EU RED II trilogue should exclude fuels from waste plastic, say campaigners

14 May 2018 |

Fuels derived from waste plastic need to be excluded from the EU’s recast of the bloc’s renewable energy directive, campaign groups have urged as EU lawmakers try to find agreement on alternative fuel use.

Campaigners say they are “deeply concerned” about the proposed inclusion of recycled carbon fuels from non-renewable solid waste, such as plastic, within the EU’s definition of renewable fuels.

 “We believe that this inclusion is a harmful distortion of the concept of renewable energy, and inconsistent with EU circular economy and climate policies,” said a coalition of NGOs in a letter sent in May calling upon the European Council, the European Commission and the European Parliament to scrap the proposal during trilogue discussions.

Co-legislators meet on 17 May with at least two more meetings scheduled by the end of Bulgaria's rotating EU presidency on 30 June to try and hammer out agreement.  

Opponents of the clause in the draft RED II say plastic-derived fuels from oil will never be renewable and are therefore at odds with Europe’s decarbonisation targets.

Zero Waste Europe, one of the co-signatories of the letter said that including non-recycable plastics could create a negative precedent for including non-renewable energy sources in the renewable energy policy framework, and as a result, risks undermining public trust in the EU’s climate and energy policy framework.

The European Parliament’s amendment AM216 requires fuel suppliers to provide a certain minimum share of fuels from recycled carbon fuels and other biofuels and so far in trilogue discussions, there has been little opposition from individual member states, ZWE told Energy Census in an email.

The prospect of finding an end-use in RED II for plastics is thought to appeal to some policymakers in the wake of China's ban on many imports of plastics from Europe that were previously recycled in huge recycling facilities in areas such as the Pearl River Delta.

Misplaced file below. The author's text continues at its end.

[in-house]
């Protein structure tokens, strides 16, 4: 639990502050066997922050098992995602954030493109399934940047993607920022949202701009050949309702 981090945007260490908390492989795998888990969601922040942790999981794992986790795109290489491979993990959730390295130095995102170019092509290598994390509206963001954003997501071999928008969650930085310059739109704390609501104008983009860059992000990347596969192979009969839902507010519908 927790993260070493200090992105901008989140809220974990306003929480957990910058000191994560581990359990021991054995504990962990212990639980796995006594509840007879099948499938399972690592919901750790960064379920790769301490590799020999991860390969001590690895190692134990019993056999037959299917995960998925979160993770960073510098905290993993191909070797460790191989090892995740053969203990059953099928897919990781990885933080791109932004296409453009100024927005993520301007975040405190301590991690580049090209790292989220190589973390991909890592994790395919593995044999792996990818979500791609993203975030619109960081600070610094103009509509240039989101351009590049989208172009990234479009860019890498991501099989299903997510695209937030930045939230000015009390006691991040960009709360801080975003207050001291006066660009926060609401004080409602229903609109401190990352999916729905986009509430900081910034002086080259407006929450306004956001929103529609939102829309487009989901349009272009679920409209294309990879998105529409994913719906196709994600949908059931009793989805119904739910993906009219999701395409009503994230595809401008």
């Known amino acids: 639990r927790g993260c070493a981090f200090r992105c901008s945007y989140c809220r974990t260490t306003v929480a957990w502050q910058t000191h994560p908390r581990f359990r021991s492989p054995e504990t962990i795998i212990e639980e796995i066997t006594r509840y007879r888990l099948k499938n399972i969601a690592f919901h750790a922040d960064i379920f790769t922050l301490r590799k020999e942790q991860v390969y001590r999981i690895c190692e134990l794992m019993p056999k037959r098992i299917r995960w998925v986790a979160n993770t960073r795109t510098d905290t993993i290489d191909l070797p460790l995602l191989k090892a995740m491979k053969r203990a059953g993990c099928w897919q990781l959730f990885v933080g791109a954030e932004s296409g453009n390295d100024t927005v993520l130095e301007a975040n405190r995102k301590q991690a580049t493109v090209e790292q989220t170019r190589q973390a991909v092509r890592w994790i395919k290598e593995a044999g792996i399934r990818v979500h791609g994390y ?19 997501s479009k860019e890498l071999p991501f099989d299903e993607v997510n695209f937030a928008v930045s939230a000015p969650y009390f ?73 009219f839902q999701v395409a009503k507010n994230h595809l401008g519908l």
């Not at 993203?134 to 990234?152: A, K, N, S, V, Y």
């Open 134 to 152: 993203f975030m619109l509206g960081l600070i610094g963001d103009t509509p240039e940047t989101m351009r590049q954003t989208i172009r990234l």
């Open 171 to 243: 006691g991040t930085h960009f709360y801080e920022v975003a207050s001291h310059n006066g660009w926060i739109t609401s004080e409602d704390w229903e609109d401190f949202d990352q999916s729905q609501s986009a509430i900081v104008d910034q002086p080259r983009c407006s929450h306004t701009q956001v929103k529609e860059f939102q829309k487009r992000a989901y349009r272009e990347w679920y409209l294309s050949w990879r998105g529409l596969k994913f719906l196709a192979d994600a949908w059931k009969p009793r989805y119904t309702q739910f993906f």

Mountains of plastic have built up in many EU member states, and politicians in European countries are keen to be seen taking action on plastic waste in view of rising awareness among voters about the huge harm that discarded bottles, bags and drinking straws are having on oceans and marine life.   

Neste

Finland-based Neste, one of Europe’s biggest producers of biofuels, is understood to be working on an industrial scale trial for use of non-recyclable plastics in fuel.

In July 2017 Neste said on its website that it would put a large amount of resources into researching how these products could be used.  

Earlier this year a consortium comprising French chemicals producer Air Liquide, Dutch chemicals producer AkzoNobel Specialty Chemicals, Canada’s Enerkem and the Port of Rotterdam agreed to develop what they said is Europe’s first facility to convert waste plastics and other mixed wastes into new raw materials.

'Insignificant' benefits

However recent research into the costs, benefits and potential greenhouse gas reduction potential of non-recyclable plastic concluded that the technology was deficient.

A November 2017 paper funded by European Climate Foundation and the International Council on Clean Transportation found that unless ‘double counting’ is permitted for the fuel in reducing emissions in the transport and industrial sectors, “all synthetic fuels offer insignificant [climate] benefits”.

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